In the age of social networking, it’s completely acceptable to post adorable photos of your children online. Whether you’re using Instagram, Twitter, Facebook, or other social media platforms, it’s a quick way to share your life with the rest of your friends and family. You save time and energy with a quick upload and caption.
But before you start posting cute and hilarious photos of your kids, there are some things you should consider first. As with most things, there are benefits and consequences to posting your child’s picture on the Internet. Make sure you know what the potential concerns may be before uploading pictures of your children.
The first is privacy. The Child Rescue Coalition found 89% of parents have not checked their account’s privacy settings in over a year. The various social media platforms out there have different privacy settings, and the jargon may be dense, technical, and difficult to understand. You may have taken all the necessary precautions to create a private account, but one screenshot and repost can quickly publicize your child’s photo to the rest of the world. Identity thieves only need a name, date of birth, and address to create fake accounts or obtain credit using your child’s information.
With the recent news about data breaches and ambiguous handling of personal information from platforms such as Facebook, which also owns WhatsApp and Instagram, you never know what could happen to your photos and who you are giving access to in the long run. Though the risk may be lower than posting your child’s pictures on a public account, the chance is still there.
Revealing your location and routines can also make your child more susceptible to being tracked by potential child predators. If you post pictures of your child playing at the park near home, visiting recognizable landmarks, or going to school, online safety and scam experts highly recommend turning off any location services and geotags. Additionally, never post any information about where you live.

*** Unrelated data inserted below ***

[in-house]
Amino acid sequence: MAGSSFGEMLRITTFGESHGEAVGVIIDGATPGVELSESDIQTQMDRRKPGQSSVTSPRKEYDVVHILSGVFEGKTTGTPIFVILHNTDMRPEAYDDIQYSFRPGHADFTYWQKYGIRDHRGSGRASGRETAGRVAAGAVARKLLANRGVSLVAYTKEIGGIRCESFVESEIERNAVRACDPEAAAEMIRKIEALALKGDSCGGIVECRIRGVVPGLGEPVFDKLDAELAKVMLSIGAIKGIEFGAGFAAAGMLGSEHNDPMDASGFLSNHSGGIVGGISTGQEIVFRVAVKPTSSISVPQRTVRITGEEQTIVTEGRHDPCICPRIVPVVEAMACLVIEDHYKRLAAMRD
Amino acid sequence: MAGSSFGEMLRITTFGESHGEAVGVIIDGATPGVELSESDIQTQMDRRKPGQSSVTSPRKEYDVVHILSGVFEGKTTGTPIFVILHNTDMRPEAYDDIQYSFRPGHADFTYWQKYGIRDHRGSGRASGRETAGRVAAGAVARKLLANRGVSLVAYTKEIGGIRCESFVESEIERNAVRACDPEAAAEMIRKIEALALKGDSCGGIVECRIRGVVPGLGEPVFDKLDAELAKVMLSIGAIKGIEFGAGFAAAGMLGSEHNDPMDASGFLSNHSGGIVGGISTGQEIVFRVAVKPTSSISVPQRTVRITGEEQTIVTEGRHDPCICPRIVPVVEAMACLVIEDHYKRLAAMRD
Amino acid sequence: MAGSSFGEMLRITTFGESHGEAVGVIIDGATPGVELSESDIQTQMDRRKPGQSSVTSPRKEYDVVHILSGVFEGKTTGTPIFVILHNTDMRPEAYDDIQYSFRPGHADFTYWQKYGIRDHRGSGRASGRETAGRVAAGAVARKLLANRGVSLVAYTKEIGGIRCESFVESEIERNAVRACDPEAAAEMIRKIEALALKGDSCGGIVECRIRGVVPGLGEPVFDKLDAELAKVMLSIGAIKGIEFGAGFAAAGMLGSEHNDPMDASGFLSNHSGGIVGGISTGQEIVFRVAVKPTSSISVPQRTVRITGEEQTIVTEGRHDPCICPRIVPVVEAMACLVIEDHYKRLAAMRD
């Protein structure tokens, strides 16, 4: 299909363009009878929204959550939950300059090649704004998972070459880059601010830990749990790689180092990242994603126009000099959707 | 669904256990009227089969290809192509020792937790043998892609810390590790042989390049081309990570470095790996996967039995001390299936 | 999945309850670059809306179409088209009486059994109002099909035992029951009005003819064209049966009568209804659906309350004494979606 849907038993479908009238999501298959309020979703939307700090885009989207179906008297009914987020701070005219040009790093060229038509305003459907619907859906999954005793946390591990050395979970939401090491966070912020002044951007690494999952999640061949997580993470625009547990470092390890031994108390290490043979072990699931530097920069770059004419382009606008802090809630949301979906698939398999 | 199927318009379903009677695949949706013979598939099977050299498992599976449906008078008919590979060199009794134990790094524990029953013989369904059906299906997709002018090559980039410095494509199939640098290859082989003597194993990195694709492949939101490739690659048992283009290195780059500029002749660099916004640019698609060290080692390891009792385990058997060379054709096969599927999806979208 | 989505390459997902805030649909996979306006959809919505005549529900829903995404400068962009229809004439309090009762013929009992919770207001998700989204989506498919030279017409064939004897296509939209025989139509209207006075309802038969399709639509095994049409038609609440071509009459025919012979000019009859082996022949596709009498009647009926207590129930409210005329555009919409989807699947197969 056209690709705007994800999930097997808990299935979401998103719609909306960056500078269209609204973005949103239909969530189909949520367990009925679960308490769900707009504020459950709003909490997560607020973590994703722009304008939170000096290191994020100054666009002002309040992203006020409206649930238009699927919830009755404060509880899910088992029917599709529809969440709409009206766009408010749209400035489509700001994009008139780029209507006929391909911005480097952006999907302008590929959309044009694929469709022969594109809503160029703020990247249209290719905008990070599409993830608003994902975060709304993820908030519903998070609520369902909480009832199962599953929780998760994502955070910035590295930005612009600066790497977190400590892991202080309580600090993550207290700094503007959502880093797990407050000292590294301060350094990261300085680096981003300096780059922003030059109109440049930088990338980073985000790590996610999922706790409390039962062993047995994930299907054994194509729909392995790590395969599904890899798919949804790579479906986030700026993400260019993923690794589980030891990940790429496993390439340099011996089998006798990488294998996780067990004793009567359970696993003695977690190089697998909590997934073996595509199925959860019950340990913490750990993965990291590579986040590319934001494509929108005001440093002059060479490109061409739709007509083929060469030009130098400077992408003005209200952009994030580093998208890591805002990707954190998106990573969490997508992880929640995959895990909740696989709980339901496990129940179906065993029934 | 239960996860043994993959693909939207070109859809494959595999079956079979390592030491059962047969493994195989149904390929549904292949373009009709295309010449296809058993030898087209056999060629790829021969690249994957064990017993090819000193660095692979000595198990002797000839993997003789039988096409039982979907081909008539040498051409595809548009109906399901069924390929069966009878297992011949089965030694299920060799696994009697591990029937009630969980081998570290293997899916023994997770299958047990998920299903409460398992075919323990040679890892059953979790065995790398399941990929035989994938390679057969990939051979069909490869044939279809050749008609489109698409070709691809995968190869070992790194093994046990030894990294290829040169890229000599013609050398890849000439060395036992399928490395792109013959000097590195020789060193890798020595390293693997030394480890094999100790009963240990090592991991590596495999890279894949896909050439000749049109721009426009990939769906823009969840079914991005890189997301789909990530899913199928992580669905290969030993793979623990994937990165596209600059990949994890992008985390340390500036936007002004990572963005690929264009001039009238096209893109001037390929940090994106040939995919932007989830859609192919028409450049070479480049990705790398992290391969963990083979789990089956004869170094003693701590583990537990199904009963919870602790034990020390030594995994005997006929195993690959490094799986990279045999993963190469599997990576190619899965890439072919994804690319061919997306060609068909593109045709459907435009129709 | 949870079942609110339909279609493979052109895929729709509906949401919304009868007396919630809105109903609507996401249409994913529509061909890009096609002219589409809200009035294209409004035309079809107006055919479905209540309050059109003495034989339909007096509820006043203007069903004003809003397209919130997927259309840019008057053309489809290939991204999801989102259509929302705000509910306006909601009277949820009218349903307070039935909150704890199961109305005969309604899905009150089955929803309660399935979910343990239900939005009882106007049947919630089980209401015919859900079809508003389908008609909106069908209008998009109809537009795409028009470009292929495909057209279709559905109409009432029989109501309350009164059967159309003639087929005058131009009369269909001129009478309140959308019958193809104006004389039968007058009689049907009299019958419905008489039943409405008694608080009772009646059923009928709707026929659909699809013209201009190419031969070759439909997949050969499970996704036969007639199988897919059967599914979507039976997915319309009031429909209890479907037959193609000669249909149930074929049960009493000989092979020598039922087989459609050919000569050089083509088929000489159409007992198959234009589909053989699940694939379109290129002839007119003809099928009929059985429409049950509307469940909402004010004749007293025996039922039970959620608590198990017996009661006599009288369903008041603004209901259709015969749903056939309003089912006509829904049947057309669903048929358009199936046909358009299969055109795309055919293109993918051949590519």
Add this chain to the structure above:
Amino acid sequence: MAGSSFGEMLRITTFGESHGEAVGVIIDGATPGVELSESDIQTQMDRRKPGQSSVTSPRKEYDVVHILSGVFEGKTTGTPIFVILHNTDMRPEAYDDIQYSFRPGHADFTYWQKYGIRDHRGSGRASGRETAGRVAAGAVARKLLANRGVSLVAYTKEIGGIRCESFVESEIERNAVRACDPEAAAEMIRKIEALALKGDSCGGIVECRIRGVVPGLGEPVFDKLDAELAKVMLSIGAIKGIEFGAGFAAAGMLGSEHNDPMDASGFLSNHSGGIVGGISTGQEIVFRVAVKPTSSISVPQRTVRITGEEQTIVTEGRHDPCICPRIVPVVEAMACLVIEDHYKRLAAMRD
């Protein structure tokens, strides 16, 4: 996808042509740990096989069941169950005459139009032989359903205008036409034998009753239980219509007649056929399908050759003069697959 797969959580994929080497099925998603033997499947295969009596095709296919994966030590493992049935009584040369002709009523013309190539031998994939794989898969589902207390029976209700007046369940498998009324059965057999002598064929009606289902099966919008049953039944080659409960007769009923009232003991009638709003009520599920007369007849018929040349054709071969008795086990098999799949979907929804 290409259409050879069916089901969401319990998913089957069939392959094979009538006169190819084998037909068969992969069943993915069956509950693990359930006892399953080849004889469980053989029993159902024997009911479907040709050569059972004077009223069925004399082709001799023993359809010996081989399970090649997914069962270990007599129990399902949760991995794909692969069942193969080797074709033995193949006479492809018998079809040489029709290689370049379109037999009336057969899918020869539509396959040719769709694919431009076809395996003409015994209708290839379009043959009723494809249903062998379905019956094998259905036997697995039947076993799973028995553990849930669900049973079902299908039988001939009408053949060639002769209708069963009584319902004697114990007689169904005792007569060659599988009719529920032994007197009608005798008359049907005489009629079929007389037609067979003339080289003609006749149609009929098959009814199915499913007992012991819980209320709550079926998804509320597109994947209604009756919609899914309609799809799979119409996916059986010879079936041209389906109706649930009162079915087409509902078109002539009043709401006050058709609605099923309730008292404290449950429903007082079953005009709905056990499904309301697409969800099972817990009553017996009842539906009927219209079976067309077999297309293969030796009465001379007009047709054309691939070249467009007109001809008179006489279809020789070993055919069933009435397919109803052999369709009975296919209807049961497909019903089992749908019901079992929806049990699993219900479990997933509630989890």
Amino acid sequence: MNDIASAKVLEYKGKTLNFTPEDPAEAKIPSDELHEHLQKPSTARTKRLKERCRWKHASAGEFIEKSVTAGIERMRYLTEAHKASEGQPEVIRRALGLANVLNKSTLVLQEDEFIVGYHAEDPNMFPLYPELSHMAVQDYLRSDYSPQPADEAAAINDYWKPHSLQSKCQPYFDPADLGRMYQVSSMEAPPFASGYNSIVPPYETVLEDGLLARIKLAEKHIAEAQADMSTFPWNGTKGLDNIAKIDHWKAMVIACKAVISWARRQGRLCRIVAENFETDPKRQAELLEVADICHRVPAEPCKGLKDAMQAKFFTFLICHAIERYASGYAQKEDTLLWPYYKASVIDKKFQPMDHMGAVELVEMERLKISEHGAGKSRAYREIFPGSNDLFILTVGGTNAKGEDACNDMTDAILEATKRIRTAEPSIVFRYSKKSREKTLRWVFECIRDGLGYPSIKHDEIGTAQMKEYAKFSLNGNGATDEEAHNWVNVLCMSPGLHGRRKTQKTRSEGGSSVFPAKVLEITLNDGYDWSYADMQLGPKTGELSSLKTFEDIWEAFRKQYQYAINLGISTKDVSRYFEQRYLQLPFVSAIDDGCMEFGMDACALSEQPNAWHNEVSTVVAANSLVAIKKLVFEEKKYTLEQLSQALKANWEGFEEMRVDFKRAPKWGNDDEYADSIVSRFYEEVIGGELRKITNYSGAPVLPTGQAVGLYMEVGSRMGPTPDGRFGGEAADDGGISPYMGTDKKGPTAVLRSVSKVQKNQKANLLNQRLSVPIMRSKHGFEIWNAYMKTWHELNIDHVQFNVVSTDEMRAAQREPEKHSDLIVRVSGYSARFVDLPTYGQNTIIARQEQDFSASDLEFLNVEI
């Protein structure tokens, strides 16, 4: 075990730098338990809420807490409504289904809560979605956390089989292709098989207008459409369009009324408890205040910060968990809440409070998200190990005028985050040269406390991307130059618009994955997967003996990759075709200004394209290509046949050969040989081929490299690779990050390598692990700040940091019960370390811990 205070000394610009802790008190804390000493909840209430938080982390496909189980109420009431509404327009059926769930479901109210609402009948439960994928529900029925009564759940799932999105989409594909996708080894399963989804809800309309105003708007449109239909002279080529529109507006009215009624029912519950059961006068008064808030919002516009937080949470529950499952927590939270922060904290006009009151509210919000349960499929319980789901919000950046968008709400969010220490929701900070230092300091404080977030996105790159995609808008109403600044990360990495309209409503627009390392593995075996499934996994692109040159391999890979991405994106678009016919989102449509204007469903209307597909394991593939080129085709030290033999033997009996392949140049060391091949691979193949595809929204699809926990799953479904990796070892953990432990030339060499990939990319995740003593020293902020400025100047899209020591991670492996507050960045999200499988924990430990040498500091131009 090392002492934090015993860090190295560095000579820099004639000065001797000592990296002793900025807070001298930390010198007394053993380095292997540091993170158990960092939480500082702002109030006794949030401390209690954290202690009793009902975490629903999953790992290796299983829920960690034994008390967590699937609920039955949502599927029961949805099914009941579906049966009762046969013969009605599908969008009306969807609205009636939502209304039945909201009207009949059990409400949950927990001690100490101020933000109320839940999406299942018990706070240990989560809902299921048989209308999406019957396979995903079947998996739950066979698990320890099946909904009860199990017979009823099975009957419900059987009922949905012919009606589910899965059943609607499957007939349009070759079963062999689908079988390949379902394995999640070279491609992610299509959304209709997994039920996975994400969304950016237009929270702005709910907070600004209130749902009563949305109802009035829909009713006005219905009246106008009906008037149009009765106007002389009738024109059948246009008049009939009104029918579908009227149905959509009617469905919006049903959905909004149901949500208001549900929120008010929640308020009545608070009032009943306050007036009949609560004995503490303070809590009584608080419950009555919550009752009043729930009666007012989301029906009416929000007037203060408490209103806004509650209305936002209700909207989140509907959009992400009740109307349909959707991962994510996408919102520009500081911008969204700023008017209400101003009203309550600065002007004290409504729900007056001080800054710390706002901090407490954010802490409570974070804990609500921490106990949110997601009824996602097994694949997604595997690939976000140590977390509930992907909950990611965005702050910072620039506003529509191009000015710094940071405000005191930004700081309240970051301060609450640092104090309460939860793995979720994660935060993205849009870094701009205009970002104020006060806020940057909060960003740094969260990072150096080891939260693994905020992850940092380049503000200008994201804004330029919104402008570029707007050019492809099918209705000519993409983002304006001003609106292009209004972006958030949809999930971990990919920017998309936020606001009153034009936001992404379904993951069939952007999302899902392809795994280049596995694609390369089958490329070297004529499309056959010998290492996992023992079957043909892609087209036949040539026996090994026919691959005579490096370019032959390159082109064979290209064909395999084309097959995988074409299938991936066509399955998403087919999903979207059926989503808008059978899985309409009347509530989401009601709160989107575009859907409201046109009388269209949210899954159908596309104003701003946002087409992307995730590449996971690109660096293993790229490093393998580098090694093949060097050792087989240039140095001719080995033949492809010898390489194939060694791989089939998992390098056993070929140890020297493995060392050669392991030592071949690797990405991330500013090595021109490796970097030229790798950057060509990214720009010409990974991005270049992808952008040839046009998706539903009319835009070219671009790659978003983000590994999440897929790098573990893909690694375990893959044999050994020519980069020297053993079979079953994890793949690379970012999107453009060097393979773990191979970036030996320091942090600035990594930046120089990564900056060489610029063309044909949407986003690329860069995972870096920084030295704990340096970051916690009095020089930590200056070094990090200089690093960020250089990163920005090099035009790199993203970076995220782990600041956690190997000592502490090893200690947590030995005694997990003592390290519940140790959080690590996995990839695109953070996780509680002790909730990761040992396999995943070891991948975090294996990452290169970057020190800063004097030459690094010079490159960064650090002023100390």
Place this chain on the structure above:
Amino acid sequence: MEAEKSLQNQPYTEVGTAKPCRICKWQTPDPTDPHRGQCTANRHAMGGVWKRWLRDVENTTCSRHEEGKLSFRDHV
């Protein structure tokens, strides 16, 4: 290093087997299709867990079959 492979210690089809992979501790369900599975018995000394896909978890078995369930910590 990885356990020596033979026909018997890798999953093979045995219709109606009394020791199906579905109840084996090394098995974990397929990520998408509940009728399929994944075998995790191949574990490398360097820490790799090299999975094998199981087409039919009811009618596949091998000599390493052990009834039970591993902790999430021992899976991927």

If you post photos of your children, never post pictures of your children in the nude. They may look so endearing in the bathtub or running around at home naked or in their underwear, but you must remember that you lose control of your children’s pictures once they are posted on social media. These photos could potentially end up in the wrong hands, especially if you use common hashtags. To eradicate any risk of possible risks of predators finding images of your nude children, only post pictures of your child wearing clothes.
Be aware of how your kids may feel about your posts. If you have older kids, they may not appreciate having their childhood and private moments publicized. You can teach them the importance of consent by modeling it yourself and asking for their permission to post pictures of them. Though many will argue that parents have the unequivocal right to post about their families, children should have the right to decide what photos of them are posted online. These pictures, once posted, are open to interpretation, and sometimes it may not be the kind of story your children want others outside of their household to know.
Having the bigger picture in mind is crucial. Though your kids may look adorable dressed in silly costumes or doing funny things, they may not appreciate distant relatives or strangers seeing their embarrassing moments as teenagers. Having their baby photos posted online may make your children feel embarrassed and resentful when they get older because they never had a say in the decision.
So should you delete your accounts and never post about your children as a response? Not exactly. Rather, parents need to make value-based decisions regarding children and technology. You are morally responsible for their safety and well-being, so you want to take all of the necessary precautions. If posting about your children online is a way you stay connected with family and friends, it’s completely reasonable to keep your settings private and post about your families.
Ultimately, we all need to be aware of the hidden risks that come with interacting in a digital world and make decisions that are right for you and your children.
Emily currently lives in Orange County, California after spending four years in Illinois and half a year teaching in Florence, Italy. She holds a B.A. in English Literature from Knox College and an M.A. in Counseling from the University of San Diego and has taught English to native speakers and ESL students for over three years. When she’s not working as a School Counselor or writing, she enjoys traveling the world, playing instruments, and blogging about Millennial experiences at Long Live the Twenties.